03 April, 2007

"The Puritan Message" to Hit Shelves Soon

COLORADO SPRINGS, COLORADO

Leonard Harris loves the writings of the Puritans, but has little time these days to "hack through" the tough, theological language in which they are written.

"I really would love to read more of the writings of the Puritans, but I just hate having to hack through all of that complicated theological language." Says Harris. "Those guys were so deep and profound when they wrote, but sometimes sentences just go on and on, and there are sub-points to sub-points to sub-points. I just don't have time for all of that."

Harris' sentiment is not unique either. Many faithful believers avoid the Puritans simply because they find them too difficult to grasp and read.

"I know that [the Puritans] are saying things that are good and helpful spiritually." Said Erin Carnes, who attends a weekly devotional book study at her church in Colorado Springs. "But I just want something I can read, something in my language that communicates to me."

So what to do in this situation? Who can help? None other than Eugene Peterson. Peterson, who is best known for his popular contemporary paraphrase of the Bible, The Message, heard the cry for help and immediately set out to bring the Puritans into the modern age.

"Where else could I begin but with the writings of that Puritan giant, John Owen?" Commented Peterson. "So many people would benefit from his works, but many just can't understand them. He has sentences sometimes that go on for whole pages! Owen needs to be brought into the 21st century and put in the language of today. So I went about this by asking the question, 'How would John Owen have talked if he lived today?'"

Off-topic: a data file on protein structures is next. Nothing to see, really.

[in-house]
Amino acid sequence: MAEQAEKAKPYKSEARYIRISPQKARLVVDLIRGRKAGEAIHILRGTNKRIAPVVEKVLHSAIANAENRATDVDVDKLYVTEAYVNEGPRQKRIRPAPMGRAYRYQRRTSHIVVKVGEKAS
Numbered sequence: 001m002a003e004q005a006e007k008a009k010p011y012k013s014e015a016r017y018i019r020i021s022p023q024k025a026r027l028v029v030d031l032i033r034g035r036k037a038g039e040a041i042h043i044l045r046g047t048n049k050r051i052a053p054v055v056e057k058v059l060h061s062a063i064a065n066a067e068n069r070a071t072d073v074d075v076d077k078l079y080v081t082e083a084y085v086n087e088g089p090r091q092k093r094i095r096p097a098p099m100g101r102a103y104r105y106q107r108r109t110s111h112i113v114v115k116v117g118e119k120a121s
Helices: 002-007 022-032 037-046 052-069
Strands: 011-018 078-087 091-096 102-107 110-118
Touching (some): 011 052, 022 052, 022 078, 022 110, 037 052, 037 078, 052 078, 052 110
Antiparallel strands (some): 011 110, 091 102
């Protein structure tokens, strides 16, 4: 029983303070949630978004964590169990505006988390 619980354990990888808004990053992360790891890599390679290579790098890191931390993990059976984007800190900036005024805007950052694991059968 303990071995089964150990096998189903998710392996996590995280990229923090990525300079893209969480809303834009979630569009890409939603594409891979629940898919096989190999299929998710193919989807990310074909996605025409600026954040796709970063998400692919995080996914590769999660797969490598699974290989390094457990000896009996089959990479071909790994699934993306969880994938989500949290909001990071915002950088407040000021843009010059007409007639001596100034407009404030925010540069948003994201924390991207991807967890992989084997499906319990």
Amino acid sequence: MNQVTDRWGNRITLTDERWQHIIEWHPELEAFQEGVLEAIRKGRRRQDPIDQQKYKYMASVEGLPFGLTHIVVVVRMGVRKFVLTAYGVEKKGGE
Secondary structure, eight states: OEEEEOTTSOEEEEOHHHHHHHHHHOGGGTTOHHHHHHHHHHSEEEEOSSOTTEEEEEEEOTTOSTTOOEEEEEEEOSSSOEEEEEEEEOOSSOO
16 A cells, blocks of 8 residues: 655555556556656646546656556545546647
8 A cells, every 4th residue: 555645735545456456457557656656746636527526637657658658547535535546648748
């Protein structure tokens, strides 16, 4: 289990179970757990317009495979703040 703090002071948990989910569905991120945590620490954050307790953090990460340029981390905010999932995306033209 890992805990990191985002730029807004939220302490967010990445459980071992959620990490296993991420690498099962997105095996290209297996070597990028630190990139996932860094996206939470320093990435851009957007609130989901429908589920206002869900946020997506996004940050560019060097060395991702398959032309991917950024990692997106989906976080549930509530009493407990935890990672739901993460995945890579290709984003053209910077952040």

Peterson's first edition of The Puritan Message: The Writings of John Owen is due to hit the shelves by mid-April. Samples are already available for viewing online where one can compare the original writings of John Owen with the new Puritan Message paraphrase.

Original:
"The effect, also, and actual product of the work itself, or what is accomplished and fulfilled by the death, blood-shedding, or oblation of Jesus Christ, is no less clearly manifested, but is as fully, and very often more distinctly, expressed; -- as, first, Reconciliation with God, by removing and slaying the enmity that was between him and us;"

The Puritan Message:
"Here's what's happening people. When Jesus died it really worked things out. Everything is totally cool between us and God now."

"I'm pumped!" Said Harris. "I've been waiting for something like this for a long time. I've already got my copy pre-ordered."

The Puritan Message: The Writings of John Owen is 250 pages long, condensing Owen's traditionally multi-volumed work into a single read. In addition to the "contemporary language" of the work, all point and sub-point numbers have been removed giving Owen's writings are more "personal feel." The cost will be $19.95 for hardback, $35.99 for bonded leather, or $59.99 for genuine leather.

12 comments:

Jeff said...

AWESOME! I'm ordering a case. Will it be available in Spanish so i can reach my Hispanic friends?

AJ said...

haha, wow, this post was hilarious, and of course, sad at the same time. I will leave you with a excerpt from the real message bible...

"Isn't it obvious that a potter has a perfect right to shape one lump of clay into a vase for holding flowers and another into a pot for cooking beans?" - Romans 9:21

oh goodness!

Chris said...

Oh man, this was definitely humorous, but it would have been more so if it weren't for the HUGE number of people who would think this was a stellar idea...

opinion-minion said...

Hey, why are you making fun of us Message lovers? I mean, I've been doing great word studies using this Bible! My friends are practically Message-onlyists!